Pep’s Worst Champions League Run

By Andrew Kyte, Fri 17 March 2017 11:03

Pep’s Worst Champions League RunDisappointing defeat in Monaco sees Blues crash out

The dust has begun to settle on a disastrous night in Monaco. City have once more bowed out of Europe’s biggest club competition, and City fans will be wondering what could have been after an almighty collapse at the Stade Louis II.

Let’s not kid ourselves; it wasn’t anywhere near the origami workshop PSG treated Barca fans to at the Nou Camp last week, although it was a job that certainly should have been taken care of by Guardiola’s expensively assembled team. They should be in the quarter-finals of the Champions League right now. There should have been a sense of real achievement in Monaco – going on to wait for the upcoming draw with the chances of playing Barca, Real, Bayern or any of the other European powerhouses. Instead Pep will be left contemplating why City couldn’t get the job done in France - along with every other football fan across the world.

Luring Pep from Munich wasn’t an easy job. The rumours are City were trying to tempt him to Manchester for best part of three years. But when he finally arrived, the blue half of Manchester certainly expected more than a last 16 CL appearance in return for an open cheque book and a salary that matches most Championship side’s yearly budget. 

The interesting fact from this humbling defeat by a zealous Monaco side, who might we add are currently top the French league, is that this is also Pep’s worst performance in the CL as a manager. When he stepped into the hotseat at Barca in 2008, in his first season at the helm he managed to steer them to CL glory beating Alex Ferguson’s Manchester United 2-0 in the final in Rome with Samuel Eto’o and Lionel Messi scoring. He would win it again in the 2010/11 season, beating United once more. Following his second triumph he would reach the semi-finals two more times with Barcelona before moving to Bayern. In his three seasons in Germany he would steer Bayern to the semi-finals each year. So what has gone wrong at City?

When Pep arrived at Barca and Bayern there was a definite stability in place. Both clubs were on the up when the meticulous Spaniard arrived. City were far from stable when he replaced Manuel Pellegrini with much uncertainty surrounding players and staff members. The upheaval needed at the Etihad meant certain players were moved on and others toyed with the fact they could be finding residence in another country, playing for an entirely different club. 

Moving out Joe Hart for one took a pivotal player away from City’s rearguard and replaced him with someone completely new to the Premier League. Hart was a pillar of stability for the most part of his City career and its gaps like this that Pep is still trying to plug. The constant injuries to captain Vincent Kompany haven’t helped matters either, coupled with Pep’s insistence to play a formation that was completely foreign up until his arrival. Everything takes time, and in the Premier League and Champions League, managers are rarely afforded time.

In times of uncertainty teams rely on the likes of Hart and Kompany to help steady the ship. Yaya Toure for all his faults is another player who has had an adverse affect on the dynamics of the team. However, he managed to return from what most people thought was the point of no return. Every club needs stability from the ground up, and that has been what City have been lacking this season. Did it impact their CL push – most definitely.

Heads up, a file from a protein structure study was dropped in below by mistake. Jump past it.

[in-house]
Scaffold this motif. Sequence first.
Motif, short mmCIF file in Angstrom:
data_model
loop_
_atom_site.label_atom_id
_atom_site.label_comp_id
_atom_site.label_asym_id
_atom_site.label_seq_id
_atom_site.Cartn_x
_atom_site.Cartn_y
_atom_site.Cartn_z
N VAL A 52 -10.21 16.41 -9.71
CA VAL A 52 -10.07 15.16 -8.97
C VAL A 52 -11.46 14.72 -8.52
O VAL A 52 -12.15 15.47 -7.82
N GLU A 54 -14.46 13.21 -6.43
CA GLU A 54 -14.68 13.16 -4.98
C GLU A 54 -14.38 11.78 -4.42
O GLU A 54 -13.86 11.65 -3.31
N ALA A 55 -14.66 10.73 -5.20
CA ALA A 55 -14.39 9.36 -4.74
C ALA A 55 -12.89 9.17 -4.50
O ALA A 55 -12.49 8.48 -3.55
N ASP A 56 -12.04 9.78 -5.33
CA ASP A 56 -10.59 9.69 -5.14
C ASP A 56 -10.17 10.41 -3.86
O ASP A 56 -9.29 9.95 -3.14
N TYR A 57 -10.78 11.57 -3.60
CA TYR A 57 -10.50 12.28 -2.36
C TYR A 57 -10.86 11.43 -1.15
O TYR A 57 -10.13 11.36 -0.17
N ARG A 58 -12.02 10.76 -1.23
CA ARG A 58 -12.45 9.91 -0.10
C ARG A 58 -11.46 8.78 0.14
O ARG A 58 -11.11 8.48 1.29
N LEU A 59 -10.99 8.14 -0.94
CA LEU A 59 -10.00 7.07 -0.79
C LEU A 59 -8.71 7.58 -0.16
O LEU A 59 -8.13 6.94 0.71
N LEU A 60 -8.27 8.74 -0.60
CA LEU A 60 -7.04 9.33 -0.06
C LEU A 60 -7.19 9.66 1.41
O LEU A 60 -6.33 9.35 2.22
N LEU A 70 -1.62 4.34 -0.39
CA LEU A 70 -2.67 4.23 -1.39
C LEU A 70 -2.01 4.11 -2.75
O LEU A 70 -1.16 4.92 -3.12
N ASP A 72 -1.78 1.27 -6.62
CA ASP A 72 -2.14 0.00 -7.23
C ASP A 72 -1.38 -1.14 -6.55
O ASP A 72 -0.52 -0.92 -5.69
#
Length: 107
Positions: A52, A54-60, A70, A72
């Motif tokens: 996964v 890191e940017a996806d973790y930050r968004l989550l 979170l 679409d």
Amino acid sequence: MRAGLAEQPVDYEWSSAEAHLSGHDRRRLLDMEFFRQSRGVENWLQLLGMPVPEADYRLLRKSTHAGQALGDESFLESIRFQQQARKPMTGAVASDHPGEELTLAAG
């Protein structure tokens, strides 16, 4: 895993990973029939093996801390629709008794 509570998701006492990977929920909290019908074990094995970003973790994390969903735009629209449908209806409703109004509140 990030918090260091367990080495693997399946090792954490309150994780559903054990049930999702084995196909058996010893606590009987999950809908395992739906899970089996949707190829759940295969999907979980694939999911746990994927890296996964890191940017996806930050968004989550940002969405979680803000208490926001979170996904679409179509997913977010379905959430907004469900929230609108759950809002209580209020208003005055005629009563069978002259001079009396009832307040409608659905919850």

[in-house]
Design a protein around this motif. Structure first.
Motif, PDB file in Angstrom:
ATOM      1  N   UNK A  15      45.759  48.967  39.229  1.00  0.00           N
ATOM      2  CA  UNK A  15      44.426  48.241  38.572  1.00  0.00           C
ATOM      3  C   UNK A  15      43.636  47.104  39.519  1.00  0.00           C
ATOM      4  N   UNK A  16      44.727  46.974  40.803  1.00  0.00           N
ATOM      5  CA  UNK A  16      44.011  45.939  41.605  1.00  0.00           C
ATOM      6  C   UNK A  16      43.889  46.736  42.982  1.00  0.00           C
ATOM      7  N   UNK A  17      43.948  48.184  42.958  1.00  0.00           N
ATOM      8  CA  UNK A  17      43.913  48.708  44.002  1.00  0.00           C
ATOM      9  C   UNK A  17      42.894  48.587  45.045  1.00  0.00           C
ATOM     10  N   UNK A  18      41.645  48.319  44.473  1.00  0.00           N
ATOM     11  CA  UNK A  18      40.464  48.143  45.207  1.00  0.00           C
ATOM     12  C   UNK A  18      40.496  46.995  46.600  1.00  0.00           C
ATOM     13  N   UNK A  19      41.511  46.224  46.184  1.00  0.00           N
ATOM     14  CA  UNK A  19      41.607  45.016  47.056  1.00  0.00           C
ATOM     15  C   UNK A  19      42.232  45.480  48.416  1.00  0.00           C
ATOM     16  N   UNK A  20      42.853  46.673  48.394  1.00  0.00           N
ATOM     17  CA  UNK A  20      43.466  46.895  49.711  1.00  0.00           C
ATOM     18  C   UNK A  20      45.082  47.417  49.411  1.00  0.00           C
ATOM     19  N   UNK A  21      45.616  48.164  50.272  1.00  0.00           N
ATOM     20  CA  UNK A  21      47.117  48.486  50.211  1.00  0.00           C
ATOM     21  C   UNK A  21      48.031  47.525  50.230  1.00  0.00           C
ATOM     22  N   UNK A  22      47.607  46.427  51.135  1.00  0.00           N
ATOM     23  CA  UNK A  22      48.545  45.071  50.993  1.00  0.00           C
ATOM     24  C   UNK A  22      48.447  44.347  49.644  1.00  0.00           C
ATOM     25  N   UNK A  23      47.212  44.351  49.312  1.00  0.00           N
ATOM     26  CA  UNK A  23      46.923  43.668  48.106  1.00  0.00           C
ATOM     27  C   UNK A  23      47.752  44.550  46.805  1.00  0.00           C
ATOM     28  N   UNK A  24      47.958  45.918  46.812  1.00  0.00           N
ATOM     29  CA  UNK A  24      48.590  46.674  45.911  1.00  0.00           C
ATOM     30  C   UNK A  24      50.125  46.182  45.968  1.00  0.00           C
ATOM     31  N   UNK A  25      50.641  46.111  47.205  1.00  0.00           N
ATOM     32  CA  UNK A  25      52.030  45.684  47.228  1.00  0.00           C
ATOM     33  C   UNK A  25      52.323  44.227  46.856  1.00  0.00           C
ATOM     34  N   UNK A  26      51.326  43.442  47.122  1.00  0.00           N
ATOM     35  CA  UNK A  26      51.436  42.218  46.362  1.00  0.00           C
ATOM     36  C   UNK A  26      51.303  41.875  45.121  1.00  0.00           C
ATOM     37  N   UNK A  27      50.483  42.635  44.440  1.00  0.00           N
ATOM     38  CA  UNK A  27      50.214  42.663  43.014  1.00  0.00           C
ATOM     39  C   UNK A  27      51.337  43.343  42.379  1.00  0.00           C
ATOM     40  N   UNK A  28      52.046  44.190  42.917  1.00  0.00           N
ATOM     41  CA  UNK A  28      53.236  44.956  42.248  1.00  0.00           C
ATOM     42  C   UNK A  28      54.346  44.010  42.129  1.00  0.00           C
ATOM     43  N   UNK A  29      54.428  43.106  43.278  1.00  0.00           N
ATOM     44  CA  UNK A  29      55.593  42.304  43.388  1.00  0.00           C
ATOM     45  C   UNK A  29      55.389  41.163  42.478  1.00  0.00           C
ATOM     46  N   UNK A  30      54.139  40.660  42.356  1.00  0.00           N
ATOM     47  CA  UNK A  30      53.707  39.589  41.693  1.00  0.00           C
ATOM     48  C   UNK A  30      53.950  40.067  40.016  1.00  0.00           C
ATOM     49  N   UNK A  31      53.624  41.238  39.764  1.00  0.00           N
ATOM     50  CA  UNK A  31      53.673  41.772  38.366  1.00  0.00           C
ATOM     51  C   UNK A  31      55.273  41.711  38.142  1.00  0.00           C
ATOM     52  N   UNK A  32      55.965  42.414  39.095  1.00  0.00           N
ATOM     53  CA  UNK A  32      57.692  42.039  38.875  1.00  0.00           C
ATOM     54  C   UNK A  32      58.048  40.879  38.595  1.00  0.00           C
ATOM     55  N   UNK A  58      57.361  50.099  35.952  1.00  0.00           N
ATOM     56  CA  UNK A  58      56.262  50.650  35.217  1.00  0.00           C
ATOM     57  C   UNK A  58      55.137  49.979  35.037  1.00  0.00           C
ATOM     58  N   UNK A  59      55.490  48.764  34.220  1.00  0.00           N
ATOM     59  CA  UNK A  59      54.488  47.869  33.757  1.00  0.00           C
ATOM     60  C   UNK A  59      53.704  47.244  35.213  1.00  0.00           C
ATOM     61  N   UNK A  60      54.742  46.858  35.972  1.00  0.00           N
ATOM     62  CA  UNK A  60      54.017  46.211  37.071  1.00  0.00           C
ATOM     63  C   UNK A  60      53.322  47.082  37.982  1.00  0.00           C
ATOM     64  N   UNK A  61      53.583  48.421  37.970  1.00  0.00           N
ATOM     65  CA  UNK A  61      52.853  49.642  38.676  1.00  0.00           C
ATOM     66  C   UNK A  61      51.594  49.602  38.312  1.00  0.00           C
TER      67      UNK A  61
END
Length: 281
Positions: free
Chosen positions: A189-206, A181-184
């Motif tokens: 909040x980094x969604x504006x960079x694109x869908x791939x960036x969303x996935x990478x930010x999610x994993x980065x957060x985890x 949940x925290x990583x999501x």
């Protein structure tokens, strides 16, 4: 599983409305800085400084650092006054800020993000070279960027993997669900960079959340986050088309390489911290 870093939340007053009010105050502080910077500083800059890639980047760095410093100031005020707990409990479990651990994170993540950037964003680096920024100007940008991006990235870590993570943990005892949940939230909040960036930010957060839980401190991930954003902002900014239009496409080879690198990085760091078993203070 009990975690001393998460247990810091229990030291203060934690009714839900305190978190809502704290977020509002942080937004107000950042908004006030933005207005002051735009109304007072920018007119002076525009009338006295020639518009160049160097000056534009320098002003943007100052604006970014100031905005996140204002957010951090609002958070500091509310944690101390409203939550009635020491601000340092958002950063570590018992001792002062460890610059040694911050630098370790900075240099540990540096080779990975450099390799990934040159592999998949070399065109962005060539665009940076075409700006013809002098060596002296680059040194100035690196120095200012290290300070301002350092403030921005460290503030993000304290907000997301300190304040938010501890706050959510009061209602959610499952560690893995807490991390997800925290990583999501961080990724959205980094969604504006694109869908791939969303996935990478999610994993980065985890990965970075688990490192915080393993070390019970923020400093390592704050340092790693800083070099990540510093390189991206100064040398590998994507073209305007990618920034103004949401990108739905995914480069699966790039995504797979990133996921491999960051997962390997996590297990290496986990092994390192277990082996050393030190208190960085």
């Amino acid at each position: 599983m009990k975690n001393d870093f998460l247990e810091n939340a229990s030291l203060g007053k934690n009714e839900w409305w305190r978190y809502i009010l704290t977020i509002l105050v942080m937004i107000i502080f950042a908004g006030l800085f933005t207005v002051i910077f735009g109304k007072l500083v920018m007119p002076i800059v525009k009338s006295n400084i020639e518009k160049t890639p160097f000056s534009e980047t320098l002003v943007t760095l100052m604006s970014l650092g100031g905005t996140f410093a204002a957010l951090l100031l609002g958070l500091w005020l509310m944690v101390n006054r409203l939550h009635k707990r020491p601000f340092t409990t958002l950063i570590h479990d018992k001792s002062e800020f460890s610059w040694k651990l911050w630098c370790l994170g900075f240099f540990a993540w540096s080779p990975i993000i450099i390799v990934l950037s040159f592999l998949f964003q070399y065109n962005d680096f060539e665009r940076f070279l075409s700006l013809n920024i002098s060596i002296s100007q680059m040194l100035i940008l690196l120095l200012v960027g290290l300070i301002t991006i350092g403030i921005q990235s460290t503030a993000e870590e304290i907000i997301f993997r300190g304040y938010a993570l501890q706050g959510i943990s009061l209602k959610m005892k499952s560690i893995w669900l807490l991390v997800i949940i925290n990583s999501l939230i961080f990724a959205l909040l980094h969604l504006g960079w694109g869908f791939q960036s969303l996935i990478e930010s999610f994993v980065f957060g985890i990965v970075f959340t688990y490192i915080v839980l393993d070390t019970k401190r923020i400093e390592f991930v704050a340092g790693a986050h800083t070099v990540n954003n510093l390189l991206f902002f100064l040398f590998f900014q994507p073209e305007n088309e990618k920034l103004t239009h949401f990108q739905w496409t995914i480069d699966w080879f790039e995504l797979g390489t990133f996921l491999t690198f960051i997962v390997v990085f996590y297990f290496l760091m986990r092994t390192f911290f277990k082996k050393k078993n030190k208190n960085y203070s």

So instead of looking forward to the glamour of the CL, Pep now has to contemplate what went wrong in a competition that has given more wonderful nights than moments of self-reflection. But there will be no time for removing himself from the spotlight as Jürgen Klopp’s frankly unpredictable Liverpool team await City next, as they make the trip to the Etihad.

City can take some solace in the fact that as superb as Liverpool have been against the top PL sides this season, they’ve been equally as terrible against the teams in the bottom half. So Pep will have to have City well drilled with a renewed sense of belief as the look on at Chelsea edging closer to the finish line as each week goes past. But from a betting perspective, it would be hard to go against City, right? The table would suggest Pep’s men should get the job done regardless of the Monaco result in the back of their minds. 

If we look at bwin’s True Form index it uses an algorithm that calculates each club’s results and form taking into consideration where each team is in the table and then computes the odds accordingly. In this case, True Form shows City’s consistent form against Liverpool’s rather erratic run of results over the last five matches.


Looking closer at the graph it’s evident that True Form places significance on Liverpool’s losses to lowly Hull and Leicester because the odds were in their favour before the games were played. Liverpool were 1.65 favourites against Leicester at 5.25 before their last defeat. This is the main reason, as well as City’s relative consistent form of late, that True Form’s data suggests Pep’s City should come out on top against Klopp’s Reds on Monday night. The current odds True Form projects are City at 1.91 for the win, while Liverpool are at 3.70. 

So, yes, City are out of the CL. And yes, it was certainly a humbling experience for one of the world’s most sought after managers, but even technology feels that City will get their season back on track against Liverpool at the Etihad on Monday. And with that, let’s hope all is not lost. Chelsea haven’t won the PL until it’s mathematically possible. There’s also the FA Cup to look forward to. Beyond that, there’s always next season, right?